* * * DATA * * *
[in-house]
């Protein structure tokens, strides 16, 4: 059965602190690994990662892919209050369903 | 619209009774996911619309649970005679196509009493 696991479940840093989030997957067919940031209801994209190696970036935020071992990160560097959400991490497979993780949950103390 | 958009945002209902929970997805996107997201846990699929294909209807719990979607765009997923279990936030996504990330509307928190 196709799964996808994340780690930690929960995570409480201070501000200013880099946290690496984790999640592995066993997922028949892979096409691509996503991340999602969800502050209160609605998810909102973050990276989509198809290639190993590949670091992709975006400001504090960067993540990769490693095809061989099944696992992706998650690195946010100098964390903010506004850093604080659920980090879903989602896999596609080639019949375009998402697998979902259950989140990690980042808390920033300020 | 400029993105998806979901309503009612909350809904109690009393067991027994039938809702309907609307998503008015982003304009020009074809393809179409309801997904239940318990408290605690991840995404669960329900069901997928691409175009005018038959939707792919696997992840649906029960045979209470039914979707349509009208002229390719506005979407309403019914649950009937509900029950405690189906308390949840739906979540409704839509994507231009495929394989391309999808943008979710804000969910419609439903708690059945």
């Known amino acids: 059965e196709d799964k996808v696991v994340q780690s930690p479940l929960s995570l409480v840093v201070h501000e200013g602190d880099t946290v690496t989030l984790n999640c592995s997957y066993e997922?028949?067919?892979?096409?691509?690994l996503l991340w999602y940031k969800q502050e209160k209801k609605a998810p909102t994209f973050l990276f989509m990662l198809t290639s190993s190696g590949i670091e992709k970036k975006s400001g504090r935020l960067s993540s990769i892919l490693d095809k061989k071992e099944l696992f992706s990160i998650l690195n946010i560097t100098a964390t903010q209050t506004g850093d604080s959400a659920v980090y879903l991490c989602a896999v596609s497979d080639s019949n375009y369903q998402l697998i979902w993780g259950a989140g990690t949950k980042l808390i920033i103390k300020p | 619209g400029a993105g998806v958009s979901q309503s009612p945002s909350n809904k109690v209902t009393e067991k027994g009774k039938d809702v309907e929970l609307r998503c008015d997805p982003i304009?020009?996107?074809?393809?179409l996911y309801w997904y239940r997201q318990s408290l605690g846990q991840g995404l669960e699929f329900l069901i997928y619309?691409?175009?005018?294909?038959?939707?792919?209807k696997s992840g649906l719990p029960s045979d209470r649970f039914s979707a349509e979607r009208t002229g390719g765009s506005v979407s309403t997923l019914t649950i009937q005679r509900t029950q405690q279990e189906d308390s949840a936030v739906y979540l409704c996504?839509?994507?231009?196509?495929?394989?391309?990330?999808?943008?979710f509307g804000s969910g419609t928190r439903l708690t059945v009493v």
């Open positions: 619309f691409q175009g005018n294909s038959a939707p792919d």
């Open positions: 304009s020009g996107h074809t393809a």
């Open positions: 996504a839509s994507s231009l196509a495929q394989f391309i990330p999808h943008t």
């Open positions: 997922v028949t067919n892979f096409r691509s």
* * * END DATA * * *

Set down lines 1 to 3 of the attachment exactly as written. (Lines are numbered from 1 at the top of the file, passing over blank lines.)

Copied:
[in-house]
């Protein structure tokens, strides 16, 4: 059965602190690994990662892919209050369903 | 619209009774996911619309649970005679196509009493 696991479940840093989030997957067919940031209801994209190696970036935020071992990160560097959400991490497979993780949950103390 | 958009945002209902929970997805996107997201846990699929294909209807719990979607765009997923279990936030996504990330509307928190 196709799964996808994340780690930690929960995570409480201070501000200013880099946290690496984790999640592995066993997922028949892979096409691509996503991340999602969800502050209160609605998810909102973050990276989509198809290639190993590949670091992709975006400001504090960067993540990769490693095809061989099944696992992706998650690195946010100098964390903010506004850093604080659920980090879903989602896999596609080639019949375009998402697998979902259950989140990690980042808390920033300020 | 400029993105998806979901309503009612909350809904109690009393067991027994039938809702309907609307998503008015982003304009020009074809393809179409309801997904239940318990408290605690991840995404669960329900069901997928691409175009005018038959939707792919696997992840649906029960045979209470039914979707349509009208002229390719506005979407309403019914649950009937509900029950405690189906308390949840739906979540409704839509994507231009495929394989391309999808943008979710804000969910419609439903708690059945």
């Known amino acids: 059965e196709d799964k996808v696991v994340q780690s930690p479940l929960s995570l409480v840093v201070h501000e200013g602190d880099t946290v690496t989030l984790n999640c592995s997957y066993e997922?028949?067919?892979?096409?691509?690994l996503l991340w999602y940031k969800q502050e209160k209801k609605a998810p909102t994209f973050l990276f989509m990662l198809t290639s190993s190696g590949i670091e992709k970036k975006s400001g504090r935020l960067s993540s990769i892919l490693d095809k061989k071992e099944l696992f992706s990160i998650l690195n946010i560097t100098a964390t903010q209050t506004g850093d604080s959400a659920v980090y879903l991490c989602a896999v596609s497979d080639s019949n375009y369903q998402l697998i979902w993780g259950a989140g990690t949950k980042l808390i920033i103390k300020p | 619209g400029a993105g998806v958009s979901q309503s009612p945002s909350n809904k109690v209902t009393e067991k027994g009774k039938d809702v309907e929970l609307r998503c008015d997805p982003i304009?020009?996107?074809?393809?179409l996911y309801w997904y239940r997201q318990s408290l605690g846990q991840g995404l669960e699929f329900l069901i997928y619309?691409?175009?005018?294909?038959?939707?792919?209807k696997s992840g649906l719990p029960s045979d209470r649970f039914s979707a349509e979607r009208t002229g390719g765009s506005v979407s309403t997923l019914t649950i009937q005679r509900t029950q405690q279990e189906d308390s949840a936030v739906y979540l409704c996504?839509?994507?231009?196509?495929?394989?391309?990330?999808?943008?979710f509307g804000s969910g419609t928190r439903l708690t059945v009493v």